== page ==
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The mobile game changer

Bob Violino | Dec. 21, 2012
How smartphones and tablets are forcing CSOs to approach ID and access management differently

There is one key way that mobile devices are affecting enterprise identity and access management strategies, Brink notes. "As enterprises reevaluate their strategies for authenticating end-users with methods that are stronger than traditional usernames and passwords, solution providers are responding by developing innovative options for authentication that leverage what is arguably the most personal, indispensable and ubiquitous of all modern devices: smartphones and tablets," he says.

The most common mobile options for end-user authentication in the enterprise that Aberdeen sees in its IT security research are one-time passwords, digital certificates and out-of-band authentication.

ID Management StrategiesOrganizations whose employees are using tablets and smartphones in the workplace are making identity management a key part of their security efforts in this shifting environment.

Automatic Data Processing Inc. (ADP), a Roseland, N.J., provider of human resources, payroll, tax and benefits administration services, supports mobile platforms including the Apple iPhone and iPad and RIM BlackBerry.

ADP employees use the devices for a variety of purposes, including access to email and applications such as backoffice automated workflow, human resources and purchasing, says Roland Cloutier, vice president and CSO. Recently ADP began deploying business applications such as Salesforce.com customer relationship management (CRM) software on mobile devices.

The firm controls and manages smartphones and tablets, including the identity of users, via a mobile device management (MDM) application that is loaded on all the devices registered for access to the company's data and applications. Cloutier says the company doesn't actually connect mobile users directly to the network, but provides access to data through mobile gateways.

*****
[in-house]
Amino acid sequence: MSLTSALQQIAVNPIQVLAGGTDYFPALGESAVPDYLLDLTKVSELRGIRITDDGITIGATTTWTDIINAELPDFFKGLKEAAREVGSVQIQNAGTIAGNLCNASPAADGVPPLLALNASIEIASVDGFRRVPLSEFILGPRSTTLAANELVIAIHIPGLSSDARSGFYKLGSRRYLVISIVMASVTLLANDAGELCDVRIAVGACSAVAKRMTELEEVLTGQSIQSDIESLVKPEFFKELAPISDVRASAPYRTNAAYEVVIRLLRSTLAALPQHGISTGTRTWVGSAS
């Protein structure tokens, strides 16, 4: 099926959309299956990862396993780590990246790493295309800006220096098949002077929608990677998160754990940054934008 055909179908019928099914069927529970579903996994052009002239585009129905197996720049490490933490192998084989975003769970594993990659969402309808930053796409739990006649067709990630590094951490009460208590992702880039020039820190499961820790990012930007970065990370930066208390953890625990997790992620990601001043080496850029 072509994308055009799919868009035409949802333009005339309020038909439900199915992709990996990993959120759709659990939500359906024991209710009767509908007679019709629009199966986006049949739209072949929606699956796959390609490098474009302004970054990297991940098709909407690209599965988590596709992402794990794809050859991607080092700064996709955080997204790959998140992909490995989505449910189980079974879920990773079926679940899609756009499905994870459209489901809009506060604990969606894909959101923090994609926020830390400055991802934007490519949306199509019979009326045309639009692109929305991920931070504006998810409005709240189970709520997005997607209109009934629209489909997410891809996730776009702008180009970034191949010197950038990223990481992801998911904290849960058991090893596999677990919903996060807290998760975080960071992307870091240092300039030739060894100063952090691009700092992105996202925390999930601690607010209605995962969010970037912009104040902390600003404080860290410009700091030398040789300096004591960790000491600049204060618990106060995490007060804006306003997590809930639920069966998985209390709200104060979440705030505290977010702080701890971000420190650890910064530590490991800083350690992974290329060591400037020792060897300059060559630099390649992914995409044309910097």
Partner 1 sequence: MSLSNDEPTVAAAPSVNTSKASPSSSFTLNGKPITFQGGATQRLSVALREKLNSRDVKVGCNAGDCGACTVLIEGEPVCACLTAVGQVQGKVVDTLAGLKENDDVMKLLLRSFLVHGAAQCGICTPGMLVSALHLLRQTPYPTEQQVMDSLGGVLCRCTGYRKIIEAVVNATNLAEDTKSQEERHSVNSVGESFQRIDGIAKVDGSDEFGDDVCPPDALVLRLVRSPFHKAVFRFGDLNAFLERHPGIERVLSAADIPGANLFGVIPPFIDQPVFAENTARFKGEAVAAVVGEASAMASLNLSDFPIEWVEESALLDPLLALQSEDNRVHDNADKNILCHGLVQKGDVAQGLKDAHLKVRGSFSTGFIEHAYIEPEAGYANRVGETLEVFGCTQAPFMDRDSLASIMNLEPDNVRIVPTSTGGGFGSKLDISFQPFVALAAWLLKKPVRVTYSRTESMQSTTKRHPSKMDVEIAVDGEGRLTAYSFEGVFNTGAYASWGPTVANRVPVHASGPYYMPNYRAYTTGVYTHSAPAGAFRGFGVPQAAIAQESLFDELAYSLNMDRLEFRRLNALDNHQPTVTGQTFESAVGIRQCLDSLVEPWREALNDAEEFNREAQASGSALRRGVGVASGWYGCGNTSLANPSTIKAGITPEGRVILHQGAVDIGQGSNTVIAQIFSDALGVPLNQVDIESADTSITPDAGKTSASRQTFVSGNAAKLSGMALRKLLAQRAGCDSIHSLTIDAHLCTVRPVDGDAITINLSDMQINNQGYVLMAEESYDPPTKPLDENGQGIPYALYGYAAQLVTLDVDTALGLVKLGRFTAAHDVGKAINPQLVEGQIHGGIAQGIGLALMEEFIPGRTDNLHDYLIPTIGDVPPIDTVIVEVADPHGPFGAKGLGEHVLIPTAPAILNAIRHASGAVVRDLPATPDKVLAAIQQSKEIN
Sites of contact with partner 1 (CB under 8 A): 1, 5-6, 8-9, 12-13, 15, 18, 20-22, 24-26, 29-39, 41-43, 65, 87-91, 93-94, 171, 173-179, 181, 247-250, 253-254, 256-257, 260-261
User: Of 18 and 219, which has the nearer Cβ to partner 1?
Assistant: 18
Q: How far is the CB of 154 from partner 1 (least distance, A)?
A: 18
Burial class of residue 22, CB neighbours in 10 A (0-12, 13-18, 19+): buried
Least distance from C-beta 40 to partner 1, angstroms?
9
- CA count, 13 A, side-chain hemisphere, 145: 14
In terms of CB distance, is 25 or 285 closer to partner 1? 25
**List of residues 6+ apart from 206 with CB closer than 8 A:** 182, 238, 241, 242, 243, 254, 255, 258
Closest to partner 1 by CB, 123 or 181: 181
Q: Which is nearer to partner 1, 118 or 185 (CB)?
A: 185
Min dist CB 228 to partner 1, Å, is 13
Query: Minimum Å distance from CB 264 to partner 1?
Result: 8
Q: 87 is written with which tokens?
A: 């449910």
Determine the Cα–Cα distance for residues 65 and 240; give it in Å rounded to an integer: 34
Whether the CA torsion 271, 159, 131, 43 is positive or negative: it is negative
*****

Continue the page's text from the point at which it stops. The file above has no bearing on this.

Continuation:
"We not only make people register their devices but we make them download the [MDM] agent and [provide written consent] that we can control some basic device protection capabilities" of the products, Cloutier says. "So for example we have e-discovery evidence-gathering capabilities of the device, and they agree to hand over the device for any legal matters." The company also has the ability to remotely wipe devices in the event they are lost or stolen and has used this capability on several occasions.

ADP users must be authenticated before they can get access to corporate information, and who gets to access specific types of data and applications depends on the individual's role in the company and the type of device being used, Cloutier says.

"We created authentication requirements based on the type of data" and who needs access to the information, Cloutier says. While the advent of mobile devices in the workplace did not result in ADP having to change its overall identity management procedures, it did force the company to take a closer look at its risk review data access processes.

Risk assessments could no longer assume non-transportation outside a corporate-protected device and control requirements, and data flow approval had to take into consideration mobility and the maximum level of control function available on any given platform, Cloutier says.

 

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